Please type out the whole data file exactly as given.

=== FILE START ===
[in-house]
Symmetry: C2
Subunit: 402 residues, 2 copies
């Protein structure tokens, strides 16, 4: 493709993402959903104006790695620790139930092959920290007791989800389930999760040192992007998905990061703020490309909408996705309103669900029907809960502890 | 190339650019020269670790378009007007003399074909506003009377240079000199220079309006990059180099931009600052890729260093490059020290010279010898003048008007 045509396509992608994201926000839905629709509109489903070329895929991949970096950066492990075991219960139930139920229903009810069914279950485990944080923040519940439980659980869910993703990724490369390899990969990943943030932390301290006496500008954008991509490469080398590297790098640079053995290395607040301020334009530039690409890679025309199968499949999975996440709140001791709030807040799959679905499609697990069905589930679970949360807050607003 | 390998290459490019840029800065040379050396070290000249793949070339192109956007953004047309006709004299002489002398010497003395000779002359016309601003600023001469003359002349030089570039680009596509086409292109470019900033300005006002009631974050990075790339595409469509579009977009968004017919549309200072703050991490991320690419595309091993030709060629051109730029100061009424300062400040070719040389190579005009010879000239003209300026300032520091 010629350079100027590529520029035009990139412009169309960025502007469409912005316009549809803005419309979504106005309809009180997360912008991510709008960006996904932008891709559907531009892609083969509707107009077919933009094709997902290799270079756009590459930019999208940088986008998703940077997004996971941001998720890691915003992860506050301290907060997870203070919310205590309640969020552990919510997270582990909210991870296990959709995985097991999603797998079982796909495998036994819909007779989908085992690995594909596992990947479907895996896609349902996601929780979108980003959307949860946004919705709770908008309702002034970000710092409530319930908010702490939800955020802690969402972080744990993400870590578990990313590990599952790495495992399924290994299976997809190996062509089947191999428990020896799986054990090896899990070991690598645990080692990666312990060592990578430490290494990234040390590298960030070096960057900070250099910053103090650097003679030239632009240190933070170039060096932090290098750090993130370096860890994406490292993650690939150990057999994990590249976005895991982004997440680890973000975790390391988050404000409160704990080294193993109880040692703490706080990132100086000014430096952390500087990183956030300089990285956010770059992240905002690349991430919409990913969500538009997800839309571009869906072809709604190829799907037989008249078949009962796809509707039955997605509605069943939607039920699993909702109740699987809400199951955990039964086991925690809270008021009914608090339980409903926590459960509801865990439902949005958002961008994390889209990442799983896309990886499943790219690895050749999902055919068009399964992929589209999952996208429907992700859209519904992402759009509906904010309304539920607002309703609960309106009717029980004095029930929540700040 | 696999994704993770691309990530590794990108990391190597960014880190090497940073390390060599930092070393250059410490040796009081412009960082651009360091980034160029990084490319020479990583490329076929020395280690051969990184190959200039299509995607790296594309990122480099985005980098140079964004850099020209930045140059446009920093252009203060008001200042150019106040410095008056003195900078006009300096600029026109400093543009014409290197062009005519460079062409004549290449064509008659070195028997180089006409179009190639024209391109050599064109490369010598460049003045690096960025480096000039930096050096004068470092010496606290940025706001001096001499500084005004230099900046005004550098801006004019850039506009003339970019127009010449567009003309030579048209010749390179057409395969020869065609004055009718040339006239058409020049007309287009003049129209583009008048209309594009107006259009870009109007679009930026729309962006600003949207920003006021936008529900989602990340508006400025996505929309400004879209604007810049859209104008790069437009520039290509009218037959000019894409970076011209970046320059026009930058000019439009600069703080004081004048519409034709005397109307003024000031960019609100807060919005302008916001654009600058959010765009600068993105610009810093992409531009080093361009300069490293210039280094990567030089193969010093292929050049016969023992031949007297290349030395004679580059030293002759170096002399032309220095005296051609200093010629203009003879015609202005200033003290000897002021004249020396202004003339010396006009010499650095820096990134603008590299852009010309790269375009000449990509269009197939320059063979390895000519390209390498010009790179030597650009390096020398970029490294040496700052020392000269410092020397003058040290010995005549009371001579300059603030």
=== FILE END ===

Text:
[in-house]
Symmetry: C2
Subunit: 402 residues, 2 copies
């Protein structure tokens, strides 16, 4: 493709993402959903104006790695620790139930092959920290007791989800389930999760040192992007998905990061703020490309909408996705309103669900029907809960502890 | 190339650019020269670790378009007007003399074909506003009377240079000199220079309006990059180099931009600052890729260093490059020290010279010898003048008007 045509396509992608994201926000839905629709509109489903070329895929991949970096950066492990075991219960139930139920229903009810069914279950485990944080923040519940439980659980869910993703990724490369390899990969990943943030932390301290006496500008954008991509490469080398590297790098640079053995290395607040301020334009530039690409890679025309199968499949999975996440709140001791709030807040799959679905499609697990069905589930679970949360807050607003 | 390998290459490019840029800065040379050396070290000249793949070339192109956007953004047309006709004299002489002398010497003395000779002359016309601003600023001469003359002349030089570039680009596509086409292109470019900033300005006002009631974050990075790339595409469509579009977009968004017919549309200072703050991490991320690419595309091993030709060629051109730029100061009424300062400040070719040389190579005009010879000239003209300026300032520091 010629350079100027590529520029035009990139412009169309960025502007469409912005316009549809803005419309979504106005309809009180997360912008991510709008960006996904932008891709559907531009892609083969509707107009077919933009094709997902290799270079756009590459930019999208940088986008998703940077997004996971941001998720890691915003992860506050301290907060997870203070919310205590309640969020552990919510997270582990909210991870296990959709995985097991999603797998079982796909495998036994819909007779989908085992690995594909596992990947479907895996896609349902996601929780979108980003959307949860946004919705709770908008309702002034970000710092409530319930908010702490939800955020802690969402972080744990993400870590578990990313590990599952790495495992399924290994299976997809190996062509089947191999428990020896799986054990090896899990070991690598645990080692990666312990060592990578430490290494990234040390590298960030070096960057900070250099910053103090650097003679030239632009240190933070170039060096932090290098750090993130370096860890994406490292993650690939150990057999994990590249976005895991982004997440680890973000975790390391988050404000409160704990080294193993109880040692703490706080990132100086000014430096952390500087990183956030300089990285956010770059992240905002690349991430919409990913969500538009997800839309571009869906072809709604190829799907037989008249078949009962796809509707039955997605509605069943939607039920699993909702109740699987809400199951955990039964086991925690809270008021009914608090339980409903926590459960509801865990439902949005958002961008994390889209990442799983896309990886499943790219690895050749999902055919068009399964992929589209999952996208429907992700859209519904992402759009509906904010309304539920607002309703609960309106009717029980004095029930929540700040 | 696999994704993770691309990530590794990108990391190597960014880190090497940073390390060599930092070393250059410490040796009081412009960082651009360091980034160029990084490319020479990583490329076929020395280690051969990184190959200039299509995607790296594309990122480099985005980098140079964004850099020209930045140059446009920093252009203060008001200042150019106040410095008056003195900078006009300096600029026109400093543009014409290197062009005519460079062409004549290449064509008659070195028997180089006409179009190639024209391109050599064109490369010598460049003045690096960025480096000039930096050096004068470092010496606290940025706001001096001499500084005004230099900046005004550098801006004019850039506009003339970019127009010449567009003309030579048209010749390179057409395969020869065609004055009718040339006239058409020049007309287009003049129209583009008048209309594009107006259009870009109007679009930026729309962006600003949207920003006021936008529900989602990340508006400025996505929309400004879209604007810049859209104008790069437009520039290509009218037959000019894409970076011209970046320059026009930058000019439009600069703080004081004048519409034709005397109307003024000031960019609100807060919005302008916001654009600058959010765009600068993105610009810093992409531009080093361009300069490293210039280094990567030089193969010093292929050049016969023992031949007297290349030395004679580059030293002759170096002399032309220095005296051609200093010629203009003879015609202005200033003290000897002021004249020396202004003339010396006009010499650095820096990134603008590299852009010309790269375009000449990509269009197939320059063979390895000519390209390498010009790179030597650009390096020398970029490294040496700052020392000269410092020397003058040290010995005549009371001579300059603030």